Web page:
Nowadays, there are a lot of apps which function with the help of a Wi-Fi connection, but there are many places where a wireless connection to the Internet isn't available. A platform called Wi-Fi Aware offers new ground for developers as it enables apps on nearby devices to find each other via Wi-Fi, even when there isn't a hotspot available. This newly created peer-to-peer system could have many interesting uses like helping you play multiplayer games with others in your vicinity or collaborating on a document with the guys at your table when there's no Internet.
The way this all works is actually pretty interesting. The Wi-Fi radio embedded in your device will send a signal which will be picked up by any other similar device within normal Wi-Fi range. In case there are multiple devices in the area of the signal they will form a cluster with a shared 'heartbeat'. The heartbeat will ensure that the service doesn't constantly drain your battery by determining when the radio signal should sleep and when it is needed to communicate with the other devices. If you're worried about your privacy, don't be: in order to join this network will first need to opt-in, so you won't be any more at risk than you already are. Additionally, the communications sent via Wi-Fi Aware can be encrypted so others won't be able to intercept them.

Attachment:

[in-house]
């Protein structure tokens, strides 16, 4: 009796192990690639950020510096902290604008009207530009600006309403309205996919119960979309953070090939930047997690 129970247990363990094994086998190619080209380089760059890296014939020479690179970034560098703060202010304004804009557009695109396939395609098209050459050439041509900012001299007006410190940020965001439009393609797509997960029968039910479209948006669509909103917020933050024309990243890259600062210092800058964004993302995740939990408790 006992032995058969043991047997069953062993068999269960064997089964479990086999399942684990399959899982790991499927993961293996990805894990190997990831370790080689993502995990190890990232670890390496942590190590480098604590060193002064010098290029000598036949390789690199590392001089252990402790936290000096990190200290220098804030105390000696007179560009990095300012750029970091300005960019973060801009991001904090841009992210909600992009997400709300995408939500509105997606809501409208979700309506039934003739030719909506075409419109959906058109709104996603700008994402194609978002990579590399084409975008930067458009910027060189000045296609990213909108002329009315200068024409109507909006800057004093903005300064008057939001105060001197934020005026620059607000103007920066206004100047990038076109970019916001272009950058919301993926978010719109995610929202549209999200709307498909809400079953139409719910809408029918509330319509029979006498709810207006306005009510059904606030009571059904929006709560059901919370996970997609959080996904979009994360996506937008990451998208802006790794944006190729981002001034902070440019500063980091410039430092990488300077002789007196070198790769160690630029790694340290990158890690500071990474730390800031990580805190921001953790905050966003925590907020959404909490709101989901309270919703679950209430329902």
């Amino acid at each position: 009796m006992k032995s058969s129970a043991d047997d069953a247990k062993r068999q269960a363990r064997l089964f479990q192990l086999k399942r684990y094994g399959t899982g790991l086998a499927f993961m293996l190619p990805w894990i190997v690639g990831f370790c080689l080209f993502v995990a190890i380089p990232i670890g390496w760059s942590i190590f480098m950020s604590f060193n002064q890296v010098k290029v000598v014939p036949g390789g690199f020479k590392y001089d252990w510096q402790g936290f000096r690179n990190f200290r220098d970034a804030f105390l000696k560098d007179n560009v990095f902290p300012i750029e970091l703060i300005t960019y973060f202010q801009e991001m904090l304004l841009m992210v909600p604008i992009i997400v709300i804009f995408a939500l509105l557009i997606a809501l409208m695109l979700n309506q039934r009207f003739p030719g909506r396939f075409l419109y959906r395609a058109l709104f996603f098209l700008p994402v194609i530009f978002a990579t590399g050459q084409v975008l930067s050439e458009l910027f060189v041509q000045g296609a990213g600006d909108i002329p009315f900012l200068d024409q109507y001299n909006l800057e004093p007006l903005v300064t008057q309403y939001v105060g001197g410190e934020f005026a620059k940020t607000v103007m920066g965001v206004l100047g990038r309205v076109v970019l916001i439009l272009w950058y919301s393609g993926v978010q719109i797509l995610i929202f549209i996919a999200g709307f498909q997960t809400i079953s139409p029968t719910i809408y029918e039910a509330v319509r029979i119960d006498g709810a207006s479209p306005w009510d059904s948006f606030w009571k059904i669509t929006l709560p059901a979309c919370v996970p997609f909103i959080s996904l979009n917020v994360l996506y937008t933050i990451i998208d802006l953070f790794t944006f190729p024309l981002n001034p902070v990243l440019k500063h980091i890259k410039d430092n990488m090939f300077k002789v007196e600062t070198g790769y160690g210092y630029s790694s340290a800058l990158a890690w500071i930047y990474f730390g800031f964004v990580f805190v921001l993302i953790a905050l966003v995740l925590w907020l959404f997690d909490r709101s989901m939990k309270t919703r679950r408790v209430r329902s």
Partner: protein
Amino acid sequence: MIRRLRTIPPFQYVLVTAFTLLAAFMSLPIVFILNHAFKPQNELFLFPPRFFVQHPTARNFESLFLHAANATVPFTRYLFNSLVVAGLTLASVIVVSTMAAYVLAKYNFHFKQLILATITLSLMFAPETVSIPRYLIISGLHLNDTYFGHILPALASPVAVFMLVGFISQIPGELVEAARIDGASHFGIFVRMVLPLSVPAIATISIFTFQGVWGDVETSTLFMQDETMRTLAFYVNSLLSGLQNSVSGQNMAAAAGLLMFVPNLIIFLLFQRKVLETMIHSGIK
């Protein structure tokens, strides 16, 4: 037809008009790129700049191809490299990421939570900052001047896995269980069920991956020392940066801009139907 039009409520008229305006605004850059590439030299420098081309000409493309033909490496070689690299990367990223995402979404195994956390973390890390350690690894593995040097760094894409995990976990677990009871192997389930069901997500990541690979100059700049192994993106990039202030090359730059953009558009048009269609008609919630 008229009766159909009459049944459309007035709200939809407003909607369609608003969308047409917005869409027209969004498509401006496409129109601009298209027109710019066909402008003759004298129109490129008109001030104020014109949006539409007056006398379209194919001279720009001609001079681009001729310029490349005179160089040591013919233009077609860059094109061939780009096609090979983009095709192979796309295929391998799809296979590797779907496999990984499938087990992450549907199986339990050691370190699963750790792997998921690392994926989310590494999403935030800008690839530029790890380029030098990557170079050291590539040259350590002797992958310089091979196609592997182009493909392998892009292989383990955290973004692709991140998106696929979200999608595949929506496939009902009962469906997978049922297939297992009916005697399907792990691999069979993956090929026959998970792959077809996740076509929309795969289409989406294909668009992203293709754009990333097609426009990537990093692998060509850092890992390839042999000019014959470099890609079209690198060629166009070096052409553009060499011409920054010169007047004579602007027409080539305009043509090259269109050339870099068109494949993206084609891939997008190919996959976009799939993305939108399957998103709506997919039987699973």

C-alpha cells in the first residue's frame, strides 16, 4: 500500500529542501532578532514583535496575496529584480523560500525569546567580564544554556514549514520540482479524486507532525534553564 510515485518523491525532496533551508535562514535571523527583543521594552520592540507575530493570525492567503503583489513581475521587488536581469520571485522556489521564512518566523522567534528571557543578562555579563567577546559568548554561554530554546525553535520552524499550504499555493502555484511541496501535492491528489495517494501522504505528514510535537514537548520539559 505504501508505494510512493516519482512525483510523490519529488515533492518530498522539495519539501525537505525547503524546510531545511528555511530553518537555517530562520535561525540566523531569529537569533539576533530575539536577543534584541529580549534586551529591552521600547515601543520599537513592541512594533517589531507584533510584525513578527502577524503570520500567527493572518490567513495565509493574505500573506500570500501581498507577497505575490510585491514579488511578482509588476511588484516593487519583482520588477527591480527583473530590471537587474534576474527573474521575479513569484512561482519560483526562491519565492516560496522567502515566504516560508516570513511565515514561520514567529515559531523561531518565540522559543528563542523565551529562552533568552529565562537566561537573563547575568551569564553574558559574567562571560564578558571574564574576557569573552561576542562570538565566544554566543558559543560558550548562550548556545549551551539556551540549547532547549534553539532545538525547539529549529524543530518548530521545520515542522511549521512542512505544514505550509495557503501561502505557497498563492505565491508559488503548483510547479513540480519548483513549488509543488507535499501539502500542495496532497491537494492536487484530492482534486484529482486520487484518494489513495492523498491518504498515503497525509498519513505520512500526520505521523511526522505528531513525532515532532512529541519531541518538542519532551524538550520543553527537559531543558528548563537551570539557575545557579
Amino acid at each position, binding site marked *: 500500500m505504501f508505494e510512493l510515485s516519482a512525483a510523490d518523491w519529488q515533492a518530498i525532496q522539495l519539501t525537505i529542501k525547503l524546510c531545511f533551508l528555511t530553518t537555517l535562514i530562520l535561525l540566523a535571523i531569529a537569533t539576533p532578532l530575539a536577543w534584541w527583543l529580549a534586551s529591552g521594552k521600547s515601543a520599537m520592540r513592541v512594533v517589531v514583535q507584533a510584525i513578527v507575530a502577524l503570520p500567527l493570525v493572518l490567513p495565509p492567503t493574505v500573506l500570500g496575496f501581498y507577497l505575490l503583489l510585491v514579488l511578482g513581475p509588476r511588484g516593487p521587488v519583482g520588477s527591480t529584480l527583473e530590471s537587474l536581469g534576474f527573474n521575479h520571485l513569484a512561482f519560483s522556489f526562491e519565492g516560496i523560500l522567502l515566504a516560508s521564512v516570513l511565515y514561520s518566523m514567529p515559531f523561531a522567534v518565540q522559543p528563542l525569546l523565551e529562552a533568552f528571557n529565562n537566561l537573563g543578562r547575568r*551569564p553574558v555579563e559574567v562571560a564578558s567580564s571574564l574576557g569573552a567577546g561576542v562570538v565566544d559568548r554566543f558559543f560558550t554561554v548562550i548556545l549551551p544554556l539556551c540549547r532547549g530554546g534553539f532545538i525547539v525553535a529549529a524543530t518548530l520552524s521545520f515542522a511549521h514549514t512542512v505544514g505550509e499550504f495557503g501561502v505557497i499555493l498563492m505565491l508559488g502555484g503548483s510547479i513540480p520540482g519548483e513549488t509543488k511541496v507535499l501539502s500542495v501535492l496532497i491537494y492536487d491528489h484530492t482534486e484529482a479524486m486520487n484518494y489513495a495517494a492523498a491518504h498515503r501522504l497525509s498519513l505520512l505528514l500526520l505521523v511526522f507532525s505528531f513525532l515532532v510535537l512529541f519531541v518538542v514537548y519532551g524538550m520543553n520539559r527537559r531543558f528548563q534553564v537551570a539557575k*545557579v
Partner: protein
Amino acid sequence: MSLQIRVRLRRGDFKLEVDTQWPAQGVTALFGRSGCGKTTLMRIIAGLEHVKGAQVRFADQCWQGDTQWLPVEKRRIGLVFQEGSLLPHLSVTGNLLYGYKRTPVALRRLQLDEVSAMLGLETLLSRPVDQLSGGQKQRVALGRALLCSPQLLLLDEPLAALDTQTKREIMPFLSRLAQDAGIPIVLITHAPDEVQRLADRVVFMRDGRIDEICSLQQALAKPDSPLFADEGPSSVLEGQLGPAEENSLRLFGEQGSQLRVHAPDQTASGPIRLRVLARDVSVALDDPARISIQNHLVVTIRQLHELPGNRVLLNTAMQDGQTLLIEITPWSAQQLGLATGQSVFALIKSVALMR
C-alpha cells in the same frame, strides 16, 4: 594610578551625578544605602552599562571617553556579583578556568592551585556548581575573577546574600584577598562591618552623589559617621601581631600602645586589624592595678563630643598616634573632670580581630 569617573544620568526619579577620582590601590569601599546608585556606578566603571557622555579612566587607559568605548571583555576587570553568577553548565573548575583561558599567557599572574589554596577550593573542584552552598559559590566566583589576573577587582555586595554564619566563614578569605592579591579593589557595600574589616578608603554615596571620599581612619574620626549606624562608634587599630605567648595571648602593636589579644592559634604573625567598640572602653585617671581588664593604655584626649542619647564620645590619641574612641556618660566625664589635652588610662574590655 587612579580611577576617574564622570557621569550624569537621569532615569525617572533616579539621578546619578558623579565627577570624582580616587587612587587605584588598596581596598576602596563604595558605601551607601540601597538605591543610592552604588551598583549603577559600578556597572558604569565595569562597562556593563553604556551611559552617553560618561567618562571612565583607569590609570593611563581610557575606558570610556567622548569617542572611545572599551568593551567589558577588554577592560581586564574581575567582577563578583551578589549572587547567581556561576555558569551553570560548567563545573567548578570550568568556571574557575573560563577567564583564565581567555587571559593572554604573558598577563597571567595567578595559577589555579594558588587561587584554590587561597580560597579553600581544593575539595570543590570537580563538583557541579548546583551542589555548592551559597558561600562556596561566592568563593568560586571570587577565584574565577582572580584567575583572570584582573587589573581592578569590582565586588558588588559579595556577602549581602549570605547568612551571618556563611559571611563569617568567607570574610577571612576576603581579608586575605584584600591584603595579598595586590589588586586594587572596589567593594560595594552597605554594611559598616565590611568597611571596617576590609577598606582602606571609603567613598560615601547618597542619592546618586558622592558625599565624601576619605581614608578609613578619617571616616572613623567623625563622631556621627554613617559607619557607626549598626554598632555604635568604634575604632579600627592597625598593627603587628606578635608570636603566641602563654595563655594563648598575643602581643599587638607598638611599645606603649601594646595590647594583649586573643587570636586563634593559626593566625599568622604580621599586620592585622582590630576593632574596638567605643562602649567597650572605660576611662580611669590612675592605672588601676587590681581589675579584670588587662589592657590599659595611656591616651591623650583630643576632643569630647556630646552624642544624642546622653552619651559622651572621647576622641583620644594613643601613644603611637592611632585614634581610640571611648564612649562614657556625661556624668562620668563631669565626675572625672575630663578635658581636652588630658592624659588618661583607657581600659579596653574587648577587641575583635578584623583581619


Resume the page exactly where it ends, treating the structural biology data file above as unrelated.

Unfortunately, when it comes to how soon we will be able to enjoy this system, things are a bit tricky. Basically it all depends on how willing retail stores and content providers are to adopt this technology. Apple already has a somewhat similar functionality called Apple Bonjour (which is now also available on Windows-powered devices), but since this platform comes from the same guys who created the wireless LAN system, it should quickly become very popular.
For more details about the Wi-Fi Aware platform visit its webpage on Wi-Fi.org